Could extra fees for airplane carry-on luggage soon be a thing of the past?

Members of the European Parliament (MEPs) are determined to make airlines comply so that passengers have the right to take along at least their travel essentials at no extra cost.


A 40x20x30 cm piece of hand luggage is allowed under the seat on Vueling flights, but for a larger piece of luggage, measuring 55x40x20 cm, you’ll need to opt for the TimeFlex fare range, at an estimated extra cost of between €24 and €59 (about US$25.30-62.25) when booking online.

On EasyJet, carry-on baggage must measure a maximum of 45x36x20 cm, but if you need a larger cabin bag, measuring no more than 56x45x25 cm, you’ll have no choice but to pay at least €7.99 more.

Hidden costs of carry-on baggage

Low-cost airlines have all established their own price schemes, covering not only extra charges for checked luggage, but also those for carry-on baggage. And this detail does not always come up straight away when you’re searching for a flight.

In fact, we generally focus on the extra cost of checked baggage, while verifying the maximum weight allowed. However, you should also watch out for the rules regarding hand luggage when booking online, otherwise you might get a nasty surprise at the airport. As part of airlines’ pricing policy, these measures generally came into force just a few years ago.

However, in 2014, the European Court of Justice ruled that hand luggage when of a reasonable size and weight constitutes an essential part of air travel. The legal institution thus ruled that airlines did not have the right to charge their passengers such extra costs. However, this decision was never implemented.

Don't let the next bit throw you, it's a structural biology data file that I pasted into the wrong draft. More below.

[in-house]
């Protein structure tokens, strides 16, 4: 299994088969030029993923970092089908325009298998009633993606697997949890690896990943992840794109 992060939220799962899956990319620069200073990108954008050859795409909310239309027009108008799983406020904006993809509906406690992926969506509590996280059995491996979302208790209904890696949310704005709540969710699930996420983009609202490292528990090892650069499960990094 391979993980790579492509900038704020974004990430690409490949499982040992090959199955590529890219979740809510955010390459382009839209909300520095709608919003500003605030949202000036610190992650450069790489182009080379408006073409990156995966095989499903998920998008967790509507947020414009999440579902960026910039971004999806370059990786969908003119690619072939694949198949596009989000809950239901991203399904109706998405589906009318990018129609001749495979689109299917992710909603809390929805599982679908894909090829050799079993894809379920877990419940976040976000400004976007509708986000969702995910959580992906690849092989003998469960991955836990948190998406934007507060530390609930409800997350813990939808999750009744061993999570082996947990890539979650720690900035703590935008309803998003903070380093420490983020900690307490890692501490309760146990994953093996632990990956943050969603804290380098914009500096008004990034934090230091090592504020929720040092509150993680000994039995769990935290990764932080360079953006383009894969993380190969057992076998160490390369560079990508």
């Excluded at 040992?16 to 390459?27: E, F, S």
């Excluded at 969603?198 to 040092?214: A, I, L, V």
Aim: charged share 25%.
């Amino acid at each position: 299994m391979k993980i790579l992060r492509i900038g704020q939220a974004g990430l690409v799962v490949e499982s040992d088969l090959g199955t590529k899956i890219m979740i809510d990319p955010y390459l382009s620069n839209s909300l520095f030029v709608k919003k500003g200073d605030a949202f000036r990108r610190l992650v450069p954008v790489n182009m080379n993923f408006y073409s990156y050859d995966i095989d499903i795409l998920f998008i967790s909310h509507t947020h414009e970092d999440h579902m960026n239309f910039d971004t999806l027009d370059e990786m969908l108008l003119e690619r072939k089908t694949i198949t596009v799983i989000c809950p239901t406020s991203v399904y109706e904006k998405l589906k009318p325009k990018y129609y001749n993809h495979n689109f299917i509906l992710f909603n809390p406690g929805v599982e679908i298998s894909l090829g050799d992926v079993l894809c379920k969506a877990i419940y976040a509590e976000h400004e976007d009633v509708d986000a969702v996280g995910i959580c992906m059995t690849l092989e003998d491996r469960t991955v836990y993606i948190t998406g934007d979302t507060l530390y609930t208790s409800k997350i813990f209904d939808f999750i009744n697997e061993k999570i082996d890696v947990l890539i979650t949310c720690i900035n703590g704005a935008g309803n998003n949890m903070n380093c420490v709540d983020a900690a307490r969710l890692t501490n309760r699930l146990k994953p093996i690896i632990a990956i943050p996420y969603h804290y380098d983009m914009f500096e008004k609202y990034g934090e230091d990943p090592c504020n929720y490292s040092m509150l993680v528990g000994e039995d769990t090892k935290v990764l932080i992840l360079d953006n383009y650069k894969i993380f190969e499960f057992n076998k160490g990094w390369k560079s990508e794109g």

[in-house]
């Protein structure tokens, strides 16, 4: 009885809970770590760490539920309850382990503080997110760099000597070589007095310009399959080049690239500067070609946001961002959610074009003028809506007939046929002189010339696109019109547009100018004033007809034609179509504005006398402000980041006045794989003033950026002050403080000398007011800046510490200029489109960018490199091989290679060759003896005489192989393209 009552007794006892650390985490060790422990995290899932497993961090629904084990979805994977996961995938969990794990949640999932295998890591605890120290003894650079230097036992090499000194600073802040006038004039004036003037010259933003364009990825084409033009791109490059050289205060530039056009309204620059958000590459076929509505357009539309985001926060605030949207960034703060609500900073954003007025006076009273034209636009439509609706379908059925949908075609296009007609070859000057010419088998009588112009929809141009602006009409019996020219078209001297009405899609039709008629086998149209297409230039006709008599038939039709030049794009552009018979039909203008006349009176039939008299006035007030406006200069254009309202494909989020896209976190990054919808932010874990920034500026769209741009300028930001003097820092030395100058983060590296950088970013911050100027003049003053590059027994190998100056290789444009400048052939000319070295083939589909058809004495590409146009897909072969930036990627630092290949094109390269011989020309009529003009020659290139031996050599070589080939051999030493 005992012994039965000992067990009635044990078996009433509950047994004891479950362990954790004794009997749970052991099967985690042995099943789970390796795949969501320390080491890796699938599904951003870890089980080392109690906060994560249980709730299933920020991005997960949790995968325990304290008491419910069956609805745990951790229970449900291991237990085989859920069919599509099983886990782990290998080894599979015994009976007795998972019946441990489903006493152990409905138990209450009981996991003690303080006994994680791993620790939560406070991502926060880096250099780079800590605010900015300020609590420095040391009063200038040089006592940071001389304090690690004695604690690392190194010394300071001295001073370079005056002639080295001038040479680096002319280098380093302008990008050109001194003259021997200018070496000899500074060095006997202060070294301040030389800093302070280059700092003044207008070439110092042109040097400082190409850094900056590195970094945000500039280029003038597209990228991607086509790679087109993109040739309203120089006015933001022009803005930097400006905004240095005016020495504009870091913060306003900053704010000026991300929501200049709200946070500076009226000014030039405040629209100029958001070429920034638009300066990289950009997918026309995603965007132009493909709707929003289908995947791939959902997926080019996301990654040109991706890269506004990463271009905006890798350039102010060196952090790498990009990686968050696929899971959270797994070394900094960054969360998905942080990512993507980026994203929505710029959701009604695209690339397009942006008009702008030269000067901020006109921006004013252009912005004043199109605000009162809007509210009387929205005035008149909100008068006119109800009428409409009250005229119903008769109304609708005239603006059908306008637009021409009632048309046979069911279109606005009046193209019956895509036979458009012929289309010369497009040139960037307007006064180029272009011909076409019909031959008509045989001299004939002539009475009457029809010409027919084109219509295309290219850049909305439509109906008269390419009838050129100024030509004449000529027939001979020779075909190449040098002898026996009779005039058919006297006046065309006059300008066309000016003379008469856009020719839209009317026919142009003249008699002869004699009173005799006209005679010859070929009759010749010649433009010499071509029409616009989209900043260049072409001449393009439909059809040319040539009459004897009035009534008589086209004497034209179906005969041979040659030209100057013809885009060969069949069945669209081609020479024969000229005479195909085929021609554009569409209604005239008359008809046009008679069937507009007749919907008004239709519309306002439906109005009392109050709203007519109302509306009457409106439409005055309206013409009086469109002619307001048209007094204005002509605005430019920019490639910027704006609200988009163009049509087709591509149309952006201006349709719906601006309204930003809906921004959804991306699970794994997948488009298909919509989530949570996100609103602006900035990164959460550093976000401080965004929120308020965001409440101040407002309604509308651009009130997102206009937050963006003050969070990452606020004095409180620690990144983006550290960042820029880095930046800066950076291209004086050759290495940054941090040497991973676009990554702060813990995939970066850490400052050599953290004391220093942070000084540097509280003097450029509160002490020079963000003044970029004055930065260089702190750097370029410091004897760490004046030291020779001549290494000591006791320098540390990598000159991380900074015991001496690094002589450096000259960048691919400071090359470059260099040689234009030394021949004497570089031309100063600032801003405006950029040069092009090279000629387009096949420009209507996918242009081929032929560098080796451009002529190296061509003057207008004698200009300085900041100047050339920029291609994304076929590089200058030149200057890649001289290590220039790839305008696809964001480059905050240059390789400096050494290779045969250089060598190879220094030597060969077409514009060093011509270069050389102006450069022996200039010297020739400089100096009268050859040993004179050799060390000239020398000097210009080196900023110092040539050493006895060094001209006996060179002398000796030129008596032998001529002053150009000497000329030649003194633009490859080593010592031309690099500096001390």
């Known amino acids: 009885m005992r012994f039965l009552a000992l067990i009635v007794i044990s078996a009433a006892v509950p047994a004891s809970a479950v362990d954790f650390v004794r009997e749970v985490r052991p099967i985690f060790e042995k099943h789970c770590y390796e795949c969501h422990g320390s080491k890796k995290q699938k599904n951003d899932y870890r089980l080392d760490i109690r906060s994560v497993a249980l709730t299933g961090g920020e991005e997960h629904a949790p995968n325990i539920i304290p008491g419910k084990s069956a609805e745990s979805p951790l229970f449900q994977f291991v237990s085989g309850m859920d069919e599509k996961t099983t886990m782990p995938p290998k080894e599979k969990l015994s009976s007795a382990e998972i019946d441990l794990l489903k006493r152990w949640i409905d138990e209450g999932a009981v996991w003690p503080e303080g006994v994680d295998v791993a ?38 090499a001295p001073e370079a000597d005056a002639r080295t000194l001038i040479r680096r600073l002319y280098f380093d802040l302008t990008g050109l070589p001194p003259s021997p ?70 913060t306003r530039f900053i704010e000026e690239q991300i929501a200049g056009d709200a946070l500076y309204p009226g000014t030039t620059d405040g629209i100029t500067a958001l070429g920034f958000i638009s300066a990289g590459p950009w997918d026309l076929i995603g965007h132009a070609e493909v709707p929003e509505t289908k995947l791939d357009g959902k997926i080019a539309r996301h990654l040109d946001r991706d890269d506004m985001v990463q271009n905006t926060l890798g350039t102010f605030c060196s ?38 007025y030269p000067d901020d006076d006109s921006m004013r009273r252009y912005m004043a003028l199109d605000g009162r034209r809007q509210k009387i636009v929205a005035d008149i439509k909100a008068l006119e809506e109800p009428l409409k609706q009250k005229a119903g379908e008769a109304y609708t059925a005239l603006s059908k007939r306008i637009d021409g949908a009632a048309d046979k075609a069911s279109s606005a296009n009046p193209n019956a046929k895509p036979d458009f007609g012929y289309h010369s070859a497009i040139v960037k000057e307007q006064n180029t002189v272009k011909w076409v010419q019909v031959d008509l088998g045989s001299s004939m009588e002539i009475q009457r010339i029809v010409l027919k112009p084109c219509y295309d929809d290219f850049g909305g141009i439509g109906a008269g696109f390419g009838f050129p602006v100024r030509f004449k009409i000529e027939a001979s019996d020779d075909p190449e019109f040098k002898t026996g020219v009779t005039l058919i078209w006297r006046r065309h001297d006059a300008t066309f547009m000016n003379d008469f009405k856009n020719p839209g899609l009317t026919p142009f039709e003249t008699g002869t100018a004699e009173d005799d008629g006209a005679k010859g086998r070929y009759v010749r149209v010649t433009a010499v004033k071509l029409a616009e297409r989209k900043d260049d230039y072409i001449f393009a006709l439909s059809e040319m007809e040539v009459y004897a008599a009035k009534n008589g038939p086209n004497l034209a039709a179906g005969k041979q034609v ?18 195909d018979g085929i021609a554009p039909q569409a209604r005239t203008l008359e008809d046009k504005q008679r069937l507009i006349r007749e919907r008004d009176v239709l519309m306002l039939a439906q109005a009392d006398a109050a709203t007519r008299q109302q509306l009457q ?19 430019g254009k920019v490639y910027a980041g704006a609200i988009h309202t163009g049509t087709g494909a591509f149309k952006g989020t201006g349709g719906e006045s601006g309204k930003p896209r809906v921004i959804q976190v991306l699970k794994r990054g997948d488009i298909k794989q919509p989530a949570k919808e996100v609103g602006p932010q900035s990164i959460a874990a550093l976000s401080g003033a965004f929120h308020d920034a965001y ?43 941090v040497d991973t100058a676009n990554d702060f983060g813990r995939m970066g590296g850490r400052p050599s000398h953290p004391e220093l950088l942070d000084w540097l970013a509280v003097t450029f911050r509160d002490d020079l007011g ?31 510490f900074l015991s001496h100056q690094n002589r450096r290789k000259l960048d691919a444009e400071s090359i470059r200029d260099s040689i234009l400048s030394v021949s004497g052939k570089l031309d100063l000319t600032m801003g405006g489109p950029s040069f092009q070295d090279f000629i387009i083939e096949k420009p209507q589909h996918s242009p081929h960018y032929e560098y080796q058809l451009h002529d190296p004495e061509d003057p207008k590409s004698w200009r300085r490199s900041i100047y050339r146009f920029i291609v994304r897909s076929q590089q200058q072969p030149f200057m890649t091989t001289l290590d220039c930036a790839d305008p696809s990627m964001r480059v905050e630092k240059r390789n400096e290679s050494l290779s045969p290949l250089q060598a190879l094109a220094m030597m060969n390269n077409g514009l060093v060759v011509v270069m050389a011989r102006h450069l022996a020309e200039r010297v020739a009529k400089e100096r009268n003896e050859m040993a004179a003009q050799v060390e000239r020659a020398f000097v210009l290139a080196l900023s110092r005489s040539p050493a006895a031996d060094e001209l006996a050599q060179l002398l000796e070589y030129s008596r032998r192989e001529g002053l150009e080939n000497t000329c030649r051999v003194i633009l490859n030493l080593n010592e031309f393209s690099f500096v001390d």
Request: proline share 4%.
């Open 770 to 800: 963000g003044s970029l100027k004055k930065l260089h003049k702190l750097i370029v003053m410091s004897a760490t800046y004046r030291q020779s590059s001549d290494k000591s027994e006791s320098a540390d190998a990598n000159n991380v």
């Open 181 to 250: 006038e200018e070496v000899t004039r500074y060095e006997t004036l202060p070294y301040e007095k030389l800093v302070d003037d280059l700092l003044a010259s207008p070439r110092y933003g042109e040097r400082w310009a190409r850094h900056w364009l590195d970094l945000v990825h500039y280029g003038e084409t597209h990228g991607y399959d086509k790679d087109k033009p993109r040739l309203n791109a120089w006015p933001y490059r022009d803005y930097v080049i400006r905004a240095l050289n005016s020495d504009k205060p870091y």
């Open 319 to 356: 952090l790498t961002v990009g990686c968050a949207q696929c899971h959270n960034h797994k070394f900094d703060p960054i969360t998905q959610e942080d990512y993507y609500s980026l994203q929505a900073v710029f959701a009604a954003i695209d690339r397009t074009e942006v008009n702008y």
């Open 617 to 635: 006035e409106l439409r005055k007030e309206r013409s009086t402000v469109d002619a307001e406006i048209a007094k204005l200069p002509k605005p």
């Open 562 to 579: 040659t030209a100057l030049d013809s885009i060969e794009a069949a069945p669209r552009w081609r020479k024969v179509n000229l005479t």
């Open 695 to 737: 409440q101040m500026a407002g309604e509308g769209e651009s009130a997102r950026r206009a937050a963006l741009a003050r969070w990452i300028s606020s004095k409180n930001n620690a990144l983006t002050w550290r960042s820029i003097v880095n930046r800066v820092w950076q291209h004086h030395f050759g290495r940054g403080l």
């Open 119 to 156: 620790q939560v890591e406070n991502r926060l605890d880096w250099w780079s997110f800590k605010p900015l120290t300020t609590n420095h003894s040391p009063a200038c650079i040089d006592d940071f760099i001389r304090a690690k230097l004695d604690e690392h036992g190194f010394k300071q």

EU committee urges airlines to stop hidden fees for carry-on luggage

According to the SchengenVisaInfo website, the Committee on Petitions of the European Parliament passed a motion urging carriers operating flights within the European Union to stop charging extra fees for carry-on luggage.

“Low-cost companies are doing business with the price of tickets by hiding the supplement for carrying cabin luggage until the end of purchase.

Europe has already spoken out on the matter, and even so, member states continue to allow airlines to play with prices and deceive travellers. This must end,” the text reads.

British newspaper the Daily Express shared one of the statements made by Ryanair CEO Eddie Wilson, who did not take too kindly to the EU’s stance.

“We are allowed to set the prices of our products, it is a fundamental right according to European law,” he said.

This resolution is, in fact, part of a wider project to standardise baggage regulations for carriers flying within the European Union.

In particular, the aim is to prevent passengers from being faced with a situation when, in transit between two flights operated by different airlines, they end up paying extra due to stricter luggage restrictions than on the first leg.

Finally, the regulations, still under discussion, could also potentially prevent airlines from charging fees when passengers choose their seat.

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